Lulworth castle is of special interest. It is a military-looking structure wholly without military intent; symbolic and associative notions alone, it would seem, dictated the design. The building forms a solid rectangular block with corner towers in contrast to the open E and H-shaped planning more often adopted for contemporary houses. The prototype may be the late 15th-century Wickham Court, Kent, though this has octagonal towers and a small central courtyard, or Mount Edgcumbe in Cornwall of 1546, which has round towers and a hall in the centre rising above the surrounding roofs to receive clearstorey lighting. Lulworth castle has a central tower-like feature, but only large enough to contain flues and a staircase. Comparison may be drawn also with Sherborne new castle built after 1592 (R.C.H.M., Dorset I, Castleton (5)) and Bolsover castle designed by John Smythson of 1612–21, both with angular corner turrets, and with plans drawn by John Thorpe (cf. T190 with round towers and T191, 192 with square towers). At Longford castle in Wiltshire, built in 1578–9, something of the same allusive pageantry emerges, but here the original plan is triangular, enclosing an open triangular courtyard, and the round towers on the salient corners flank façades of greater elaboration than those at Lulworth; the military character too is less pronounced.
The windows of Lulworth castle are similar to those at Wardour old castle inserted by Robert Smythson in 1576–8 and equally archaic, and the E. rose-window is much akin to his designs. Indeed Lulworth has many stylistic affinities with Smythson's work, but there is no evidence that he was connected with it. (See M. Girouard, Robert Smythson and the Architecture of the Elizabethan Era (1966); Sir John Summerson, 'The Book of Architecture of John Thorpe' in Walpole Soc. Vol. XL (1966).)
Architectural Description—The castle is square with a circular tower at each corner and the centre carried up above the general roof level to form a small embattled rectangular tower with chimneys in the corner turrets. The site slopes down to the E. and on this lower side is a terrace, which returns along the N. and S. sides to meet the higher ground to the W. The E. elevation is of ashlar, the others are rubble-faced with brick backing. The storeys are marked by string-courses and the parapets are embattled. On the W. side the lowest string-course is carried across the re-entrant angles in projecting curves making small platforms for rain-water cisterns.
The windows generally are of two four-centred arched lights in a square head; two on the ground floor have human masks below and most of those to the upper floors have lions' heads below or flanking them. Ranging with the first-floor windows on the E. front are shell-headed niches containing 18th-century lead statues of the four Cardinal Virtues (Plate 103) (now removed). The windows on the ground floor show a change in design: some occupy the full height between the string-courses defining the ground floor, and some have sills at a higher level. The change seems to have been decided upon when the N.W. tower was being built; here the windows have the tall jambs but the sills have been raised and the windows reduced in height.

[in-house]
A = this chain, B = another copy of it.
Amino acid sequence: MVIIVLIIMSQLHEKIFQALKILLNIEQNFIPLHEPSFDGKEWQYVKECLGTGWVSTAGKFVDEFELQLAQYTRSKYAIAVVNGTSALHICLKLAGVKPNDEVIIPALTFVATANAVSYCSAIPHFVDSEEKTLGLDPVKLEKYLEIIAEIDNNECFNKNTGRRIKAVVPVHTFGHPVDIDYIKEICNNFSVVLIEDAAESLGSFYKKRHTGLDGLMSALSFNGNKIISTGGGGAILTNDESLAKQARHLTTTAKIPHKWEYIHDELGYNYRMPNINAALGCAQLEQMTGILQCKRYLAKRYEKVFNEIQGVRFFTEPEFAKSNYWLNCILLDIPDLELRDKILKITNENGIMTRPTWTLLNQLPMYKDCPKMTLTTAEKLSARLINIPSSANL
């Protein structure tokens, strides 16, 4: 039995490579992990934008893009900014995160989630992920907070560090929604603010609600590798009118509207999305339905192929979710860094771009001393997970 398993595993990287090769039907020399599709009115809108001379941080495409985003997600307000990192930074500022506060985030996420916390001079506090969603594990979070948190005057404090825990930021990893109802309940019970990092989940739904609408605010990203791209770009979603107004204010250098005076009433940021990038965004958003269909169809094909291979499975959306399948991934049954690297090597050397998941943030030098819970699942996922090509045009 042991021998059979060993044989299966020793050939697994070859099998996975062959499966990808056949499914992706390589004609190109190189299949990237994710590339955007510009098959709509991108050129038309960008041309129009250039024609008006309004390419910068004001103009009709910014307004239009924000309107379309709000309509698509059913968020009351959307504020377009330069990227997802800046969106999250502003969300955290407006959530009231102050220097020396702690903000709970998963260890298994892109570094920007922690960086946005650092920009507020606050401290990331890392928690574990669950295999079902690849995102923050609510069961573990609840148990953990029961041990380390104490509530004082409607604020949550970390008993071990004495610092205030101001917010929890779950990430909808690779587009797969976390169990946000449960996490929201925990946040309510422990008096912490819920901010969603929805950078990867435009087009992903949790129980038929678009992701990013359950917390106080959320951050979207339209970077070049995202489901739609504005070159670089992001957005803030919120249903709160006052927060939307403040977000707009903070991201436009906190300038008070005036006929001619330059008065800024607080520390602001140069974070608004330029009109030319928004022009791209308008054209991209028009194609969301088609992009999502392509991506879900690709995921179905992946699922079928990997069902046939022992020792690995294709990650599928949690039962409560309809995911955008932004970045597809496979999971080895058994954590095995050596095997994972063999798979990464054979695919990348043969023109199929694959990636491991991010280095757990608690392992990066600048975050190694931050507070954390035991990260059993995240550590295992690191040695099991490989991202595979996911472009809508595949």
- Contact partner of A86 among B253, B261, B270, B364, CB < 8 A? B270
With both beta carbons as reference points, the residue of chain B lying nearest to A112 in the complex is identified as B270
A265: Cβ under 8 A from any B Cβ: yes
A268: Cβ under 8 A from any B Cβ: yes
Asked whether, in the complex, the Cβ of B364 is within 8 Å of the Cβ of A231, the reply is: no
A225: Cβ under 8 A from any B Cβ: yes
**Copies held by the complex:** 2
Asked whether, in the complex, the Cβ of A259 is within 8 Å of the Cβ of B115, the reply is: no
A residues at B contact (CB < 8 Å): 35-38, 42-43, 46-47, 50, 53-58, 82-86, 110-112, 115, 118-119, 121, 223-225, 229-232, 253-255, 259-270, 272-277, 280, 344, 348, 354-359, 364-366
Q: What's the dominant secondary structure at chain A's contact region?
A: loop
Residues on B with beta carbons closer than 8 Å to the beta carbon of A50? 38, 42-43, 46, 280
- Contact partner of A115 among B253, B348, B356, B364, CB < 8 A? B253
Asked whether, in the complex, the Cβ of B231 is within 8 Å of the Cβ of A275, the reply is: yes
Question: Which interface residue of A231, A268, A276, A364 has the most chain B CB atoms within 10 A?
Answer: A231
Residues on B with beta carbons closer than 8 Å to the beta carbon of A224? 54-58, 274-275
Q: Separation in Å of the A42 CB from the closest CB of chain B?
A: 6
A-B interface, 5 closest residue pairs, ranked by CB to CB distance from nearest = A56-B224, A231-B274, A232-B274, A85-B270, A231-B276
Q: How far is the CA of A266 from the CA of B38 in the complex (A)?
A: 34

On the E. front (Plate 103) is a round-arched entrance doorway, with a keystone carved with the arms of Weld, set in a composition suggesting a triumphal arch. To each side is a projecting pier with paired engaged Ionic columns on the front flanking a shell-headed niche and a cartouche carved subsequently with the arms of Weld (one quartering, the other impaling Stanley, for Thomas Weld, married 1772, died 1816); the crowning entablature returns forward over the piers to form pedestals for two stone statues of Roman emperors. The whole composition is an embellishment of c. 1700. In the castle wall between the statues is an original round window of seven round lights. Smaller round windows to each side are later insertions, probably of the 19th century.
On the W. elevation the middle of the ground floor originally had two two-light windows; one light of each window was lost when a new central doorway was formed c. 1700. The latter has a semicircular head with the arms of Weld carved on the keystone and is flanked by rusticated Tuscan columns carrying an entablature, over which there was formerly a bust.
The windows to the basement, which is mainly above the ground, are each of two square-headed lights, but the terrace covers the lower parts of some of them; ranging with the E. basement windows are wall-niches with shell heads.
The terrace follows the plan of the castle; it is enclosed by a stone balustrade and in the wall below are elliptical-headed doorways and windows, one of which has a keystone dated 1776. On the E. side, the terrace is carried on brick vaulting.
The interior of the castle has been gutted and it is now evident that many of the walls had been partly rebuilt in brick in the 18th century and that further alterations were carried out in the 19th century. The former Great Hall has at the N.W. corner an opening to the stairhall which is formed by a reused 15th-century stone archway with moulded jambs and a four-centred head. At the E. end are two round-arched openings with panelled jambs and soffits and with circular recesses above. The fireplace has a moulded stone surround of the 18th century set in the blocking of a larger opening which has a relieving arch over it.